Governments may order telcos to retain customer data, but only to fight serious crime, a top European Union judge has advised.
Lobby groups European Digital Rights (EDRi) and Privacy International welcomed the recommendation, saying it adds to a growing body of legal opinion opposing mass data retention. It could even, said Privacy International, derail the U.K.’s Investigatory Powers Bill, introduced in March by Theresa May, then home secretary and now prime minister.
Advocate General Henrik Saugmandsgaard Øe advised that a general obligation to retain data may be compatible with EU law, but cautioned that laws imposing such obligations should respect personal privacy and impose strict controls on access to the retained data, its security, and the period it is kept. Furthermore, such obligations can only be justified when strictly necessary in the fight against serious crime.
Øe gave his opinion Tuesday on two cases before the Court of Justice of the EU challenging data retention laws in Sweden and the U.K. Such opinions are only advisory but are often followed by the full court, which is now beginning its deliberations on the cases.
The CJEU was called on to rule on legal questions referred by national courts in Sweden and the U.K. regarding the retention of telecommunications metadata: information about who contacted whom, when, how, and for how long. Such information can be useful in investigating crimes, but its mass retention without good reason is considered by some a breach of privacy rights.
That was the view of the CJEU when, in 2014, it struck down the 2006 EU Data Retention Directive in a case involving Digital Rights Ireland.
However, since then, EU member states have continued to introduce or enforce data retention legislation in conflict with the CJEU’s ruling, according to EDRi.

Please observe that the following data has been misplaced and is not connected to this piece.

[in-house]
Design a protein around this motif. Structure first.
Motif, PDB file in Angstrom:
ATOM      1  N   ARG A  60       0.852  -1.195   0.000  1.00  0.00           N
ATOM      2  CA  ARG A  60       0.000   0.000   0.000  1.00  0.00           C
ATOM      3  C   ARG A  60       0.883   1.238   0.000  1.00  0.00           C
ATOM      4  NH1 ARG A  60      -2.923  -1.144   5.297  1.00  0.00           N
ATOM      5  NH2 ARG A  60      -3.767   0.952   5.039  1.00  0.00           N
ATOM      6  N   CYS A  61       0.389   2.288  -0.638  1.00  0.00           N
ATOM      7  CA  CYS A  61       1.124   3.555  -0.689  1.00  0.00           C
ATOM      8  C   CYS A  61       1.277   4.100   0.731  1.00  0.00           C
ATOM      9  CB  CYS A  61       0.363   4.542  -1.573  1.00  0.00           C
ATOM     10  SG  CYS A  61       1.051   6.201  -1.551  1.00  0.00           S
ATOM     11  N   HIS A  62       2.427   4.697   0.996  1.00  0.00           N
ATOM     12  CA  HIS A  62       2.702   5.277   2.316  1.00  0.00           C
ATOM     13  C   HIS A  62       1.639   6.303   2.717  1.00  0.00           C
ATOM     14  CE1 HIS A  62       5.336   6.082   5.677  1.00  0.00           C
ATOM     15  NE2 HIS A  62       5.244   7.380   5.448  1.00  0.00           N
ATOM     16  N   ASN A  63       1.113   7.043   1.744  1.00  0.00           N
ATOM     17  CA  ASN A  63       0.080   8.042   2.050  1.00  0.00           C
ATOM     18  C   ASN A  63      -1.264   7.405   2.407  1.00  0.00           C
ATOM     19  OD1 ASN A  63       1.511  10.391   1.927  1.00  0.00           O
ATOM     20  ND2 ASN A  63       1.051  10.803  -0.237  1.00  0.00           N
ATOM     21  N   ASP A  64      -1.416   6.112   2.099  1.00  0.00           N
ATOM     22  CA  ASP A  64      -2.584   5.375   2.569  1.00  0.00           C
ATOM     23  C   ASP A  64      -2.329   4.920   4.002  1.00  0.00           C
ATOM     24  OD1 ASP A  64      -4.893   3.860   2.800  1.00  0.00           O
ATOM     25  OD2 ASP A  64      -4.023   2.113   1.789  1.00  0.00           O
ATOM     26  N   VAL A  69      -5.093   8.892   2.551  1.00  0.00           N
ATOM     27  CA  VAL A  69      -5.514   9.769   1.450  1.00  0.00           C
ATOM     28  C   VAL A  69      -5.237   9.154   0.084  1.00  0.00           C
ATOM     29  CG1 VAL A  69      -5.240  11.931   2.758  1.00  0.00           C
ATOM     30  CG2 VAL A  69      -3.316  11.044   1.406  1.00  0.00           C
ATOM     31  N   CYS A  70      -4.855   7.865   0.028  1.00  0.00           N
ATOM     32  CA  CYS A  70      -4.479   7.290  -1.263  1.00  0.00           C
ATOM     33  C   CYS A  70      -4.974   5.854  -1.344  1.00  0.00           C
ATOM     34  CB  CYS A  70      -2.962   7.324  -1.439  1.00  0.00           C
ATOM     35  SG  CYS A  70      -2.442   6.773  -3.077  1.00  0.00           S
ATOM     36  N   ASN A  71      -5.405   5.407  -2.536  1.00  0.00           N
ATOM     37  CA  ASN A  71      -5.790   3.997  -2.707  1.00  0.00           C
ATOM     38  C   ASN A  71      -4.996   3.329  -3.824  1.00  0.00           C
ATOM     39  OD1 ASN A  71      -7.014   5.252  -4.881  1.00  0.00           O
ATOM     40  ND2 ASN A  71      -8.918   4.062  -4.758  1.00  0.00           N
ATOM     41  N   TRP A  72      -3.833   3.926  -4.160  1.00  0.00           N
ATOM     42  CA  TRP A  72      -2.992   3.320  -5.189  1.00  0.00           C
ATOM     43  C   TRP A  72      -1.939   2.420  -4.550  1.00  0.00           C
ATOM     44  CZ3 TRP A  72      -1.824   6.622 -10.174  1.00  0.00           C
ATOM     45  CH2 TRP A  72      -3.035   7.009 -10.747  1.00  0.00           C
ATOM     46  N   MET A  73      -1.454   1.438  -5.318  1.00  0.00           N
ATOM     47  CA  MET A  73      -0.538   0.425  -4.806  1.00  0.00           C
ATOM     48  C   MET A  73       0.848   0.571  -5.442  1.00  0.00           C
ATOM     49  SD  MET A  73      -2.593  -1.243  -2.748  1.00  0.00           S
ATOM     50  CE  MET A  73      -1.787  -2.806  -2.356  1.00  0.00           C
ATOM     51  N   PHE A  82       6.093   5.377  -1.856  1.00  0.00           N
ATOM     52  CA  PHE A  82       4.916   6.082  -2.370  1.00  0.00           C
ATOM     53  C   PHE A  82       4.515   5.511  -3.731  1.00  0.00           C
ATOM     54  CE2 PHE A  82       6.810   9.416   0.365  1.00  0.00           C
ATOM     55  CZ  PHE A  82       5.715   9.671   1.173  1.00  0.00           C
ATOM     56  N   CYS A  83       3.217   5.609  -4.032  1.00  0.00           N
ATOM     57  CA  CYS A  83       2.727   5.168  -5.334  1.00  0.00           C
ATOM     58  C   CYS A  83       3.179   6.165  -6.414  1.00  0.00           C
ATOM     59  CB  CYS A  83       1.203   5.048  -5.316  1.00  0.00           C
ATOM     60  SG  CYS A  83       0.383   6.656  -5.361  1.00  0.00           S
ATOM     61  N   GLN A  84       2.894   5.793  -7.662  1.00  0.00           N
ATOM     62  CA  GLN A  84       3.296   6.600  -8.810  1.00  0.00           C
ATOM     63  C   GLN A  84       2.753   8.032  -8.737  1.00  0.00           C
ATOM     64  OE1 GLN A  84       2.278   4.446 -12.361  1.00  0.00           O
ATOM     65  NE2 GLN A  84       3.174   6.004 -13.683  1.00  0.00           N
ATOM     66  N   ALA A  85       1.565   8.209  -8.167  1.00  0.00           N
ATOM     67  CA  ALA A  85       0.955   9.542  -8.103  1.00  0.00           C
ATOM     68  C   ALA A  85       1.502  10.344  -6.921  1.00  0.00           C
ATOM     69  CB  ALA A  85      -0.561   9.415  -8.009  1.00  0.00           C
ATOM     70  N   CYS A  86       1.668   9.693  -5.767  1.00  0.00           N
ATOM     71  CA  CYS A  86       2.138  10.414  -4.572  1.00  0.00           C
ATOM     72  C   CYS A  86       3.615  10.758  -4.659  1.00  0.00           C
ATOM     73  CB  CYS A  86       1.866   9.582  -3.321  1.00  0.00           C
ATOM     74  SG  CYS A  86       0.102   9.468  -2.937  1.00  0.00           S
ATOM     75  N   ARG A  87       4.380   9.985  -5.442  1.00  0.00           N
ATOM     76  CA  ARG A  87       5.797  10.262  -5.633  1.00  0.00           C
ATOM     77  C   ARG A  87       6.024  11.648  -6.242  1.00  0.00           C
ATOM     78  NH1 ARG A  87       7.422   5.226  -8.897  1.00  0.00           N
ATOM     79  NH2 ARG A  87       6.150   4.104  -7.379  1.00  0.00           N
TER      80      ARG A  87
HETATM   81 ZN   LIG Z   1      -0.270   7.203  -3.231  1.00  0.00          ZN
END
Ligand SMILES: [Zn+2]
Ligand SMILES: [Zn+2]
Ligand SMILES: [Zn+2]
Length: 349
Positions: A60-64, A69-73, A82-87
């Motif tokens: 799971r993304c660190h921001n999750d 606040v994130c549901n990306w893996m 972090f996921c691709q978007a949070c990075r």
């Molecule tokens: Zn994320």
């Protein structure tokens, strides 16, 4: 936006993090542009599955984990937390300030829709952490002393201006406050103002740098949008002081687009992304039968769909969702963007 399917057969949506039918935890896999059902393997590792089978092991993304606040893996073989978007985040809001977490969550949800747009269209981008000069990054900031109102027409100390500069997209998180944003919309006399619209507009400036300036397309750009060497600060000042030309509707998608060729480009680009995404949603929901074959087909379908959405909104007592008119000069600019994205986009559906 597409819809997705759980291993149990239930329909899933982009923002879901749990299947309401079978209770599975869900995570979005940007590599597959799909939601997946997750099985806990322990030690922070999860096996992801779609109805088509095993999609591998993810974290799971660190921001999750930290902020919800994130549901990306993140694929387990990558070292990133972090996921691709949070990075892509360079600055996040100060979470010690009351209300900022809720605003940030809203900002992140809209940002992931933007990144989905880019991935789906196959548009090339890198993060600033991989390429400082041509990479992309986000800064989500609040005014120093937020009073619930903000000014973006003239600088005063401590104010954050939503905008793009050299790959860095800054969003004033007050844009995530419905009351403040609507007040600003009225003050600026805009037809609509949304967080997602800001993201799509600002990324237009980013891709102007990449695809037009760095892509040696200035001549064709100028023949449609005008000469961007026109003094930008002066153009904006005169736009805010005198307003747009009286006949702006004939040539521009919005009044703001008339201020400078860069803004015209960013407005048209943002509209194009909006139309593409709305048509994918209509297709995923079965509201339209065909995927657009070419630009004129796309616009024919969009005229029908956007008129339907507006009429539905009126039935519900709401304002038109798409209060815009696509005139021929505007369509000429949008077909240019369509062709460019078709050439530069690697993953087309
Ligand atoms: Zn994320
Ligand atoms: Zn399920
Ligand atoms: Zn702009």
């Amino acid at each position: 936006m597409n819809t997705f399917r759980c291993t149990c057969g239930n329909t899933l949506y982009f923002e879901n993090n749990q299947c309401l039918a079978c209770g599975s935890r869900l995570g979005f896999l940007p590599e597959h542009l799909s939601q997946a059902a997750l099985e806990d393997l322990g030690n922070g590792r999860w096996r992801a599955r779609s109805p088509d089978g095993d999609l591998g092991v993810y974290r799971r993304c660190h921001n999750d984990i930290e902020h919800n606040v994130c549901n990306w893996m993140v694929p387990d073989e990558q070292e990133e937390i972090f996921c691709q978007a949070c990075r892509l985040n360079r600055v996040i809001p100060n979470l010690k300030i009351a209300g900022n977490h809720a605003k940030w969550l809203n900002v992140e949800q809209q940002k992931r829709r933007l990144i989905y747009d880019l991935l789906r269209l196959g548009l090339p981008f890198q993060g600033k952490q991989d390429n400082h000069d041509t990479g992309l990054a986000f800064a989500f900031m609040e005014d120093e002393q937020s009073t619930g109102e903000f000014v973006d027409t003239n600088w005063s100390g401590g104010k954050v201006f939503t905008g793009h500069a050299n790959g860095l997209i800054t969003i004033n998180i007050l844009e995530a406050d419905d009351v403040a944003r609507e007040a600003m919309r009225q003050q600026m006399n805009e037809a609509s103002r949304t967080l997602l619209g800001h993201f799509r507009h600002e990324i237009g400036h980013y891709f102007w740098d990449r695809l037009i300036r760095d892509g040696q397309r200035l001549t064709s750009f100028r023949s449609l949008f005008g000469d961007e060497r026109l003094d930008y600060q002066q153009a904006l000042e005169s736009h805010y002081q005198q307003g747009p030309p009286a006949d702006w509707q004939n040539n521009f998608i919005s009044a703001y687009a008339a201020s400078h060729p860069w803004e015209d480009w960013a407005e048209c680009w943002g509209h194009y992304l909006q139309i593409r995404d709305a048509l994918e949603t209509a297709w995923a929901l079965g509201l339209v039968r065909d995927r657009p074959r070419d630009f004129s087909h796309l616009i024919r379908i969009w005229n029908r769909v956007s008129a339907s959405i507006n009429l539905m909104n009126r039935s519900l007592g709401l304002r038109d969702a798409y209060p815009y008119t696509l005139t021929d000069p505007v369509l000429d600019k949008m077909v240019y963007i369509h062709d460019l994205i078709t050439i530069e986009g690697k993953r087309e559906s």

“It is time for EU member states to start respecting the law. It is time for the European Commission to do its job to ensure that the law is respected,” EDRi executive director Joe McNamee said via email. “Data retention is an extreme measure which can only be implemented if the criteria repeatedly laid down by the court are respected.”
Privacy International general counsel Caroline Wilson Palow hopes the CJEU will follow the advocate general’s opinion, which she sees as a serious blow to the U.K.’s Investigatory Powers Bill, she said via email.
The mass surveillance powers the bill would introduce go far beyond the tackling serious crime that the advocate general sees as acceptable.
“They would give a range of public bodies, not just the police and intelligence agencies, the power to access the personal data of innocent people, often without any form of warrant,” she wrote.
The fate of the Investigatory Powers Bill depends on a number of factors. The upper house of the U.K.’s parliament, the House of Lords, still has a final say in its content.
Beyond that, even if the CJEU declares its surveillance powers illegal under EU law, there remains the question of whether the U.K. will remain part of the EU for long enough for it to matter. In the wake of the June 23 “Brexit” referendum vote, Prime Minister May plans to lead the U.K. out of the EU and, perhaps, beyond the reach of the CJEU’s rulings.